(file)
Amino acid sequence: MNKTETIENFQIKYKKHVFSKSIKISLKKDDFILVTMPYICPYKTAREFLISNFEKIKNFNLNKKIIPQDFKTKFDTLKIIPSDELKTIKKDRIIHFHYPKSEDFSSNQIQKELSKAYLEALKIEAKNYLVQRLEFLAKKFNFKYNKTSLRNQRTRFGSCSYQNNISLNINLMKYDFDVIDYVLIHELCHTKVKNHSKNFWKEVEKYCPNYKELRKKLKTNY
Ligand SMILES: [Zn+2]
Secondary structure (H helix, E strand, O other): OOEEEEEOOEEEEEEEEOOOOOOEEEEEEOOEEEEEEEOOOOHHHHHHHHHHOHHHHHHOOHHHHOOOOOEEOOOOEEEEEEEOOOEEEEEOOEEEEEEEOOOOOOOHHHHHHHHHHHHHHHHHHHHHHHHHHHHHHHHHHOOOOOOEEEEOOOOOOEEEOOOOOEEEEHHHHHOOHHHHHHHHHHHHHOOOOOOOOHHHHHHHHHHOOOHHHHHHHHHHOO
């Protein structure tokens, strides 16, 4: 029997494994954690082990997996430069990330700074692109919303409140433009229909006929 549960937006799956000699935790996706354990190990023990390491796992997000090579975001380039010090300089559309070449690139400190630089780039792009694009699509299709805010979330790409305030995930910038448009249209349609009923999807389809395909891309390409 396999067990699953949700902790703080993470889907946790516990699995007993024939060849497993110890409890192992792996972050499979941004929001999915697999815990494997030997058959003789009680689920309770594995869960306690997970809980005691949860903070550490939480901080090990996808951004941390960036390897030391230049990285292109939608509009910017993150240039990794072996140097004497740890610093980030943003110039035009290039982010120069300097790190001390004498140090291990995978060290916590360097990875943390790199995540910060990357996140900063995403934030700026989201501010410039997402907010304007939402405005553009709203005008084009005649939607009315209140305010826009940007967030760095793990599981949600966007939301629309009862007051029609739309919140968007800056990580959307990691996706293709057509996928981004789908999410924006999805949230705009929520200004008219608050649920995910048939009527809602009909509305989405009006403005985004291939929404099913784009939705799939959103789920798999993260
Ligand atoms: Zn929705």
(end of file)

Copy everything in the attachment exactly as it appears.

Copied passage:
Amino acid sequence: MNKTETIENFQIKYKKHVFSKSIKISLKKDDFILVTMPYICPYKTAREFLISNFEKIKNFNLNKKIIPQDFKTKFDTLKIIPSDELKTIKKDRIIHFHYPKSEDFSSNQIQKELSKAYLEALKIEAKNYLVQRLEFLAKKFNFKYNKTSLRNQRTRFGSCSYQNNISLNINLMKYDFDVIDYVLIHELCHTKVKNHSKNFWKEVEKYCPNYKELRKKLKTNY
Ligand SMILES: [Zn+2]
Secondary structure (H helix, E strand, O other): OOEEEEEOOEEEEEEEEOOOOOOEEEEEEOOEEEEEEEOOOOHHHHHHHHHHOHHHHHHOOHHHHOOOOOEEOOOOEEEEEEEOOOEEEEEOOEEEEEEEOOOOOOOHHHHHHHHHHHHHHHHHHHHHHHHHHHHHHHHHHOOOOOOEEEEOOOOOOEEEOOOOOEEEEHHHHHOOHHHHHHHHHHHHHOOOOOOOOHHHHHHHHHHOOOHHHHHHHHHHOO
């Protein structure tokens, strides 16, 4: 029997494994954690082990997996430069990330700074692109919303409140433009229909006929 549960937006799956000699935790996706354990190990023990390491796992997000090579975001380039010090300089559309070449690139400190630089780039792009694009699509299709805010979330790409305030995930910038448009249209349609009923999807389809395909891309390409 396999067990699953949700902790703080993470889907946790516990699995007993024939060849497993110890409890192992792996972050499979941004929001999915697999815990494997030997058959003789009680689920309770594995869960306690997970809980005691949860903070550490939480901080090990996808951004941390960036390897030391230049990285292109939608509009910017993150240039990794072996140097004497740890610093980030943003110039035009290039982010120069300097790190001390004498140090291990995978060290916590360097990875943390790199995540910060990357996140900063995403934030700026989201501010410039997402907010304007939402405005553009709203005008084009005649939607009315209140305010826009940007967030760095793990599981949600966007939301629309009862007051029609739309919140968007800056990580959307990691996706293709057509996928981004789908999410924006999805949230705009929520200004008219608050649920995910048939009527809602009909509305989405009006403005985004291939929404099913784009939705799939959103789920798999993260
Ligand atoms: Zn929705």